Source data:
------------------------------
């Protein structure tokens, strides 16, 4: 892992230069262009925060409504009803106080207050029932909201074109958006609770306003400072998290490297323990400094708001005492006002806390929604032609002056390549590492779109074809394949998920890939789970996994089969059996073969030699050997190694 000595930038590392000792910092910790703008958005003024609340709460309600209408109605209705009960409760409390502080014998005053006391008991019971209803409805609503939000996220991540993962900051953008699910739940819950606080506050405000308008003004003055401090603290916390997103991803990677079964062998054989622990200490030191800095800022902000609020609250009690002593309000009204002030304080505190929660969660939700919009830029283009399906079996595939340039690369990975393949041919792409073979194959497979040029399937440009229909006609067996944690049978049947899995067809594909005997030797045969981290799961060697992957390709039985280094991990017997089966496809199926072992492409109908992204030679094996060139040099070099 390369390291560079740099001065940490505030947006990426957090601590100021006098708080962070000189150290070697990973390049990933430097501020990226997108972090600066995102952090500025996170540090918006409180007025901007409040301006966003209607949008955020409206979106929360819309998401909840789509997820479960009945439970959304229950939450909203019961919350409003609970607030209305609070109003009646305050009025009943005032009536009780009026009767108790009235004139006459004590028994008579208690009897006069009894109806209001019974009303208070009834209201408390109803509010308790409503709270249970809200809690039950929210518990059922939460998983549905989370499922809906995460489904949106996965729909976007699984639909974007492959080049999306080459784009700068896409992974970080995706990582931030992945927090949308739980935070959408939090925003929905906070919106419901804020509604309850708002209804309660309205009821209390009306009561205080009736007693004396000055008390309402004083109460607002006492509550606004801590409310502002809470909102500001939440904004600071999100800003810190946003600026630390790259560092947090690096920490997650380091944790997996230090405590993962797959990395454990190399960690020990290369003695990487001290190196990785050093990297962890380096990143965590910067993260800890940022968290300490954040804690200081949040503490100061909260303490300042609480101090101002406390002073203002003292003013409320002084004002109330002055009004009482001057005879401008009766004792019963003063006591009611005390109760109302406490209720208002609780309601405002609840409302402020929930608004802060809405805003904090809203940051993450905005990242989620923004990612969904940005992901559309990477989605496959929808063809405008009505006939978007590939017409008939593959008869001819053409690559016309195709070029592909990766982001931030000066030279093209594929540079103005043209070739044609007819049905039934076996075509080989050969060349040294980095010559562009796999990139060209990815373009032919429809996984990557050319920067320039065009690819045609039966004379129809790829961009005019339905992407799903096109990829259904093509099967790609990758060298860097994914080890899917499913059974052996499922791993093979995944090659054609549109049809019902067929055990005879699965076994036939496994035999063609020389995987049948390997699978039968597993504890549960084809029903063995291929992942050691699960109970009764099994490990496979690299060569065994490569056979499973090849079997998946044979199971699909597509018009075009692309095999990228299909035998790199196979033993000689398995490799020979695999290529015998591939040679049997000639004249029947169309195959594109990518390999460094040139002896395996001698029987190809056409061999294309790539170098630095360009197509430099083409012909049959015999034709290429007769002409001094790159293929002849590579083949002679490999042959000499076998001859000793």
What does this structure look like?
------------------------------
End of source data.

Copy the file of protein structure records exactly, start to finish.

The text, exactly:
């Protein structure tokens, strides 16, 4: 892992230069262009925060409504009803106080207050029932909201074109958006609770306003400072998290490297323990400094708001005492006002806390929604032609002056390549590492779109074809394949998920890939789970996994089969059996073969030699050997190694 000595930038590392000792910092910790703008958005003024609340709460309600209408109605209705009960409760409390502080014998005053006391008991019971209803409805609503939000996220991540993962900051953008699910739940819950606080506050405000308008003004003055401090603290916390997103991803990677079964062998054989622990200490030191800095800022902000609020609250009690002593309000009204002030304080505190929660969660939700919009830029283009399906079996595939340039690369990975393949041919792409073979194959497979040029399937440009229909006609067996944690049978049947899995067809594909005997030797045969981290799961060697992957390709039985280094991990017997089966496809199926072992492409109908992204030679094996060139040099070099 390369390291560079740099001065940490505030947006990426957090601590100021006098708080962070000189150290070697990973390049990933430097501020990226997108972090600066995102952090500025996170540090918006409180007025901007409040301006966003209607949008955020409206979106929360819309998401909840789509997820479960009945439970959304229950939450909203019961919350409003609970607030209305609070109003009646305050009025009943005032009536009780009026009767108790009235004139006459004590028994008579208690009897006069009894109806209001019974009303208070009834209201408390109803509010308790409503709270249970809200809690039950929210518990059922939460998983549905989370499922809906995460489904949106996965729909976007699984639909974007492959080049999306080459784009700068896409992974970080995706990582931030992945927090949308739980935070959408939090925003929905906070919106419901804020509604309850708002209804309660309205009821209390009306009561205080009736007693004396000055008390309402004083109460607002006492509550606004801590409310502002809470909102500001939440904004600071999100800003810190946003600026630390790259560092947090690096920490997650380091944790997996230090405590993962797959990395454990190399960690020990290369003695990487001290190196990785050093990297962890380096990143965590910067993260800890940022968290300490954040804690200081949040503490100061909260303490300042609480101090101002406390002073203002003292003013409320002084004002109330002055009004009482001057005879401008009766004792019963003063006591009611005390109760109302406490209720208002609780309601405002609840409302402020929930608004802060809405805003904090809203940051993450905005990242989620923004990612969904940005992901559309990477989605496959929808063809405008009505006939978007590939017409008939593959008869001819053409690559016309195709070029592909990766982001931030000066030279093209594929540079103005043209070739044609007819049905039934076996075509080989050969060349040294980095010559562009796999990139060209990815373009032919429809996984990557050319920067320039065009690819045609039966004379129809790829961009005019339905992407799903096109990829259904093509099967790609990758060298860097994914080890899917499913059974052996499922791993093979995944090659054609549109049809019902067929055990005879699965076994036939496994035999063609020389995987049948390997699978039968597993504890549960084809029903063995291929992942050691699960109970009764099994490990496979690299060569065994490569056979499973090849079997998946044979199971699909597509018009075009692309095999990228299909035998790199196979033993000689398995490799020979695999290529015998591939040679049997000639004249029947169309195959594109990518390999460094040139002896395996001698029987190809056409061999294309790539170098630095360009197509430099083409012909049959015999034709290429007769002409001094790159293929002849590579083949002679490999042959000499076998001859000793």
What does this structure look like?